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Homeschoolers are only human
© Beverley Paine
Homeschoolers are human too. Sounds silly doesn't it? Kind of obvious... However, I think it's good to remind ourselves, and perhaps others, of this fact from time to time.
During my first decade of homeschooling I found a tendency in magazines, newsletters and anything else published by home educators to be upbeat and positive about homeschooling. Good news stories - so lacking in the every day media - were abundant. They dominated. I rarely read anything that wrote about the 'down' days, and how hard it was to juggle housework, earning an income and educating the children at home.
I even stopped reading for a while because it seemed that every child was gifted and talented and all the mums were 'supermums'... I felt like we weren't making the grade. My confidence dived. One day I suddenly realised that I was contributing to this aura of 'success' in my attempts to support others in my writing, and that other people probably felt a lot like I did when I read these encouraging stories, very wobbly about homeschooling.
So about ten years ago I got brave and started to write about the not so happy days, the days where everything seems to be going wrong. We all have them, but there is this kind of taboo about talking about them. I could see how alienating this 'stiff upper lip' attitude was and wanted to reach out to other people like myself, help them feel 'normal' and sane, create the kind of community that would be there for them, and me, when the doubts set in.
Homeschoolers are human. And humans err. They also hurt each other. They get it wrong as often as they get it right. Like everyone they make mistakes. They have the same set of social skills as everyone else. I've never met anyone whose social skills were perfect or flawless...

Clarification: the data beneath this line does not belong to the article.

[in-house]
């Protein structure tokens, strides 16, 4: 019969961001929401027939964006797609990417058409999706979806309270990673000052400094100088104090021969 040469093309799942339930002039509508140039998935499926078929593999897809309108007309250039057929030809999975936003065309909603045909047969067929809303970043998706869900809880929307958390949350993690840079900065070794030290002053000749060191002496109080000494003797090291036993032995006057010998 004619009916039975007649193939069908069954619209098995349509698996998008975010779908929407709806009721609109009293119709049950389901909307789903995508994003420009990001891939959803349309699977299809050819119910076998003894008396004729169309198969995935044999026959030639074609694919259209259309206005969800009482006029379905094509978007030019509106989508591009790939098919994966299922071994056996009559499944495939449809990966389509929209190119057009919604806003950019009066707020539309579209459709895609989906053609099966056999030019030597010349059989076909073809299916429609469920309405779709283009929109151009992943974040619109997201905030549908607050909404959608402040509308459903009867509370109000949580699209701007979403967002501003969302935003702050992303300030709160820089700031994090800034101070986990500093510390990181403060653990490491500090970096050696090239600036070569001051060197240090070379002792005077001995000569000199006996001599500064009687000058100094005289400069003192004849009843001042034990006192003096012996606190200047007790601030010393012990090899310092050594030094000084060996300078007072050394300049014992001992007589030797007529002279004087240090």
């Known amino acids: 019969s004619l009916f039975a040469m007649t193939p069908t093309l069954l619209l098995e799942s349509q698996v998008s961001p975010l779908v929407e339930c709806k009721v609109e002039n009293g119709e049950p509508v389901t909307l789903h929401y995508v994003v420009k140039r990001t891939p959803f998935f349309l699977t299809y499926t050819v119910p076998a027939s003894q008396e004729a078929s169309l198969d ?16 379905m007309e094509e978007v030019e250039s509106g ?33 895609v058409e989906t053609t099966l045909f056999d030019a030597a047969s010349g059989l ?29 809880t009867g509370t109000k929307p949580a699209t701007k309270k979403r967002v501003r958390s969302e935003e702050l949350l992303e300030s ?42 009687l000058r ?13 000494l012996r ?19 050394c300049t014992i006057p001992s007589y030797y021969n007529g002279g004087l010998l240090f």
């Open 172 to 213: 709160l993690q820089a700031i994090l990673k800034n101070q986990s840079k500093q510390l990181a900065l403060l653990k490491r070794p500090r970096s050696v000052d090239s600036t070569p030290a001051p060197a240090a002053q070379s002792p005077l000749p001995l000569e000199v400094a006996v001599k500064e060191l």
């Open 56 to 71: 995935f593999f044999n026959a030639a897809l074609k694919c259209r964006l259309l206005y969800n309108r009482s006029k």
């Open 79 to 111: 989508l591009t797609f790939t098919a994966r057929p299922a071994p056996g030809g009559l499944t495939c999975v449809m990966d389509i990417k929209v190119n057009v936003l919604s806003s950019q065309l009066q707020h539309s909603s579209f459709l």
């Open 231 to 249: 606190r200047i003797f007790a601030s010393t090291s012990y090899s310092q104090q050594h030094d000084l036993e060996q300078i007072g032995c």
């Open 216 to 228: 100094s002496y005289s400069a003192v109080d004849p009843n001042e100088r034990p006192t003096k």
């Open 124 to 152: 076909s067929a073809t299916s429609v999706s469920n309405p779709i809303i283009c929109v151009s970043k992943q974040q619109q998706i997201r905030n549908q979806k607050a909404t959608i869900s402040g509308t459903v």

There is this persistent image of homeschoolers, both in the homeschooling community and more generally, that we're somehow above being typically human. As though having withdrawn our children from a flawed education system our intention is to give them some kind of utopian educational experience that will produce amazing super-people with perfect social skills and who will excel in just about any field they choose...
Reality-check time! We're human, no different from any other group of humans with something in common that get together to support that commonality. Most of us aren't at all interested in creating a better society through educational revolution: most of us just want to do the best by our kids. Some are refugees from school, mending painful wounds; others are idealists who, like me, can see the potential for a very successful way of learning to re-emerge in human society. I see past those differences between us. I recognise that the pressures of every day life affect us the same as they do any mum or dad with children in school. I know that most of our 'issues' with everyday homeschooling life stem from the kind of problems every family faces, because like them, we're only human.
My goal since I began writing about our homeschooling life and my thoughts about it, has always been to build bridges between home educating families, to make it easier to feel okay about being human, even 'normal' mums and dads, even though what we're doing - educating our children at home - is an extraordinary task. I'll always be here to talk about what has, for us, been an extraordinary journey with our children.